Happy Reading everyone! Day Three of the Slice of Life Challenge at Two Writing TeachersTweet at #SOL14 AND-so exciting, another of my colleagues has joined the slicing & I didn't know, the last slice on Day One. Please welcome her: Susan of Under Construction!
And, also visit Sheila at BOOK JOURNEYS for more reviews. Great books are being shared!
Tweet! at #IMWAYR
Go Here to read what I reviewed for Non-fiction Wednesday!
You Are The Best Medicine – written by Julie Aigner Clark and illustrated by Jana Christy
If you, or a friend, is a parent with cancer, this book might be a way to talk to your children about it, may help their anxiety. It focuses on the good memories that happen even during the challenges that occur, like one’s hair falling out. Even when someone is very sick, hugs and time with kids helps, and the story shows that beautifully, in words and in softly colored illustrations. Julie is a former parent, who has fought and won two bouts with breast cancer.
Blackie, The Horse That Stood Still - written by Christopher Cerf and illustrated by Paige Peterson
I loved this true story written in verse about a wonder of a horse, who was quiet and had the knack, and love, of standing still. This isn’t the usual positive attribute of a horse, so you’ll need to read all the ways that “worked” positively only because Blackie stood still. He was so beloved that a memorial can be found where his final days were spent, a memorial to the horse that was always there, the friendly greeter to hundreds who saw and visited him.
George Flies South - written and illustrated by Simon James
It’s a story of adventure when George, a young bird still in his nest, likes it well enough that he doesn’t want to learn to fly, to leave for the south with his mother when winter begins its icy chill. His mother encourages, but until a sudden wind takes George for his first, sometimes “feather-raising” adventure, he stays and stays. It’s the sweetest story with line drawings filled with soft watercolors, and also a metaphor for growing up, something some children resist. It will be a great book for discussion with younger students and one’s own children.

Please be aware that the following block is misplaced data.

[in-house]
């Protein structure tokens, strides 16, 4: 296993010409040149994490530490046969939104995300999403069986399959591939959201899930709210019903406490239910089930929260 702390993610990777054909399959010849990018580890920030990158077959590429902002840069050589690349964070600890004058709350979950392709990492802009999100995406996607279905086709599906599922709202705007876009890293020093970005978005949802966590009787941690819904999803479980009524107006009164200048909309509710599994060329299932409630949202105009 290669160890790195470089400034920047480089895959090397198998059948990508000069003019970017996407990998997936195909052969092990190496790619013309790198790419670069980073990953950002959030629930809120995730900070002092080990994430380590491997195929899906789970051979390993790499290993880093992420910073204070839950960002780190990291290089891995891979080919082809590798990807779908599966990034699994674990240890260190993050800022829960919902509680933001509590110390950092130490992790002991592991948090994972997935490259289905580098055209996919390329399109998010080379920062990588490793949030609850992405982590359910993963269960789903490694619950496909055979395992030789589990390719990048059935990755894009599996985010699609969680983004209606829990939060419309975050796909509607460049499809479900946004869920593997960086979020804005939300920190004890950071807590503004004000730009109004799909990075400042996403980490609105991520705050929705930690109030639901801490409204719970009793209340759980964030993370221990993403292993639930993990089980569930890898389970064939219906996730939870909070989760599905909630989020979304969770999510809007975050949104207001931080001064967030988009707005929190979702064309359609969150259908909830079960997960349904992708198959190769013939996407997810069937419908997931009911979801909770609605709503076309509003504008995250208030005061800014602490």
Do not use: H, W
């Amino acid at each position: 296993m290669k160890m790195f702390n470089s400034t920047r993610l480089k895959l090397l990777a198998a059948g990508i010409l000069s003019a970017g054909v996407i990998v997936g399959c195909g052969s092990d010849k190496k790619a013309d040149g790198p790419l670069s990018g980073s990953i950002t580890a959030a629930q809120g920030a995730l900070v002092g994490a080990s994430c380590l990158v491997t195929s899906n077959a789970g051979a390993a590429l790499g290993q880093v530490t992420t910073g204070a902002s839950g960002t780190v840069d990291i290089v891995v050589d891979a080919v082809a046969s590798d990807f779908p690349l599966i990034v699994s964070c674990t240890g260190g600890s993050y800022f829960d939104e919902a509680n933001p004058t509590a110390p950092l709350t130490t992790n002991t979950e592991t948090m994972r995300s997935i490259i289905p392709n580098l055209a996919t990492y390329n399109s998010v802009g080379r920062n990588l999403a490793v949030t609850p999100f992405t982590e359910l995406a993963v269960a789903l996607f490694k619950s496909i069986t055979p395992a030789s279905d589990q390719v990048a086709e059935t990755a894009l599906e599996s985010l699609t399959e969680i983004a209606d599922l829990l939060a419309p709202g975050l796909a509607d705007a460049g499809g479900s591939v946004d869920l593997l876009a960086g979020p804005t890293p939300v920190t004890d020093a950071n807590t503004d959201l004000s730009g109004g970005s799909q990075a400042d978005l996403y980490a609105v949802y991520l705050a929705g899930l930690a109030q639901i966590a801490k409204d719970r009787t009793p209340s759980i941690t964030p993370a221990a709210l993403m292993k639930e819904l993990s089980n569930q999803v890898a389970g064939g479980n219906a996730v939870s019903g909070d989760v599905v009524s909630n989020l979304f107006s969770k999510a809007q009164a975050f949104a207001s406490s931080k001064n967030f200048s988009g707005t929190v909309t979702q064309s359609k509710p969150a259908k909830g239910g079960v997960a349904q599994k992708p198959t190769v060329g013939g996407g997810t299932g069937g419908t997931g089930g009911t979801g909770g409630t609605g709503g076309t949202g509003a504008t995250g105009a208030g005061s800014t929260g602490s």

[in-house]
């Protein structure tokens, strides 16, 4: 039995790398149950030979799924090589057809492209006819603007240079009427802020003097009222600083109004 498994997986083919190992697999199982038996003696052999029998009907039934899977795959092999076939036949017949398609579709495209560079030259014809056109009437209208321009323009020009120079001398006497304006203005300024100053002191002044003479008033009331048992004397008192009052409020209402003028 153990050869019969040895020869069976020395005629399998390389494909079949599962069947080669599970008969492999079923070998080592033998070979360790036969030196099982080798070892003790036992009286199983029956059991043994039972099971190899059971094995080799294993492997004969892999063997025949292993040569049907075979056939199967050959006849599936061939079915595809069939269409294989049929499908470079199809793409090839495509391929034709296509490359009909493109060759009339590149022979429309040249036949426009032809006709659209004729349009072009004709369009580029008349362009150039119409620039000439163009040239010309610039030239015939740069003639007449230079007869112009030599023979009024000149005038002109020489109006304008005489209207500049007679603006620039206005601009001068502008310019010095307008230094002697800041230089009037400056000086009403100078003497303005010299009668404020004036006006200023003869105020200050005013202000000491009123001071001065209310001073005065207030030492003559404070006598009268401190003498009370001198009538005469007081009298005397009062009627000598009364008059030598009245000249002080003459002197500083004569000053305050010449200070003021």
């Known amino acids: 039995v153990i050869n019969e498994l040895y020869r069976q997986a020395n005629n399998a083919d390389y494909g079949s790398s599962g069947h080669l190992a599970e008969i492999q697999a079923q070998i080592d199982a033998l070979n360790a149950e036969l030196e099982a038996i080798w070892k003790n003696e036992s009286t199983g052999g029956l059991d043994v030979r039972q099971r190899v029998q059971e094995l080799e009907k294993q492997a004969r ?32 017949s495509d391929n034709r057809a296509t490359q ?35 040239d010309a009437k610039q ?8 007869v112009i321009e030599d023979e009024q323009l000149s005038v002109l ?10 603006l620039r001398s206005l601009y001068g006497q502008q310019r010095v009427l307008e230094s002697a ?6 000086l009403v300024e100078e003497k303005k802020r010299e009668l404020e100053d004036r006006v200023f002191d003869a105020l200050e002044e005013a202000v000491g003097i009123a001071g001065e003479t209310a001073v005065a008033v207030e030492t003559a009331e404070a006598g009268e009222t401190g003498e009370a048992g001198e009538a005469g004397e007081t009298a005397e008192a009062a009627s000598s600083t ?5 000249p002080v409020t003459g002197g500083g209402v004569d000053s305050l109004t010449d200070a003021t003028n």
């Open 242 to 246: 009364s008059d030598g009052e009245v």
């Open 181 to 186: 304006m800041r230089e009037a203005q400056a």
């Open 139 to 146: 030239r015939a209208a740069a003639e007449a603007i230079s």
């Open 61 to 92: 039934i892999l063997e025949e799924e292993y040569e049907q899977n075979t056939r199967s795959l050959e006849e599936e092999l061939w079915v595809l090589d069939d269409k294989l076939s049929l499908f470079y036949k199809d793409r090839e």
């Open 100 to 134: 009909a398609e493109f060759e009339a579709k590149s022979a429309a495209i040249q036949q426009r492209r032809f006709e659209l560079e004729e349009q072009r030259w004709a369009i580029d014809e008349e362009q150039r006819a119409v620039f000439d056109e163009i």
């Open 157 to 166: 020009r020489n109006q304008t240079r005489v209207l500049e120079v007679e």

Round Is A Tortilla – written by Roseanne Greenfield Thong and illustrated by John Parra
Written in simple rhymed text, the book takes a young child on a shape journey. Through little towns and big ones, shapes are searched out: tortillas are round as a pot of Abuela’s Stew, rectangles are carts with bells that chime.” John Parra, a pura Belpre illustrator honor winner, draws in a folkart style with enough realism to make the story interesting.
Carver, a life in poems – written by Marilyn Nelson
It’s a challenge to review this wonderful book. It is a beautiful biography and equally lovely verse novel? For poetry, which sometimes seems slim, Marilyn Nelson manages to include not only the facts of this scientist, but his consistent passion for learning, for his God and his people, and for the arts. Even in school I learned of his tireless and genius work in the use of peanuts, but I did not know he drove miles on country roads, teaching poor sharecroppers how to make the best of their crops, and how to store them, and use the weeds available as food. I did not know of his generosity in sharing every one of his discoveries, asking no more than the cost of a postage stamp in order to mail the explanation. There is a line that fits his history to me: “They know that history/is a jetsam of stardust.” It’s an inspiring story with small moments of Carver’s life included with the large ones. There are some few photographs included that are good to see.
Still reading – Fangirl by Rainbow Rowell-wonderful and fascinating-love it!
Next – Could be any one of about 20 books that are crying out to be read. I have a stack of picture books too.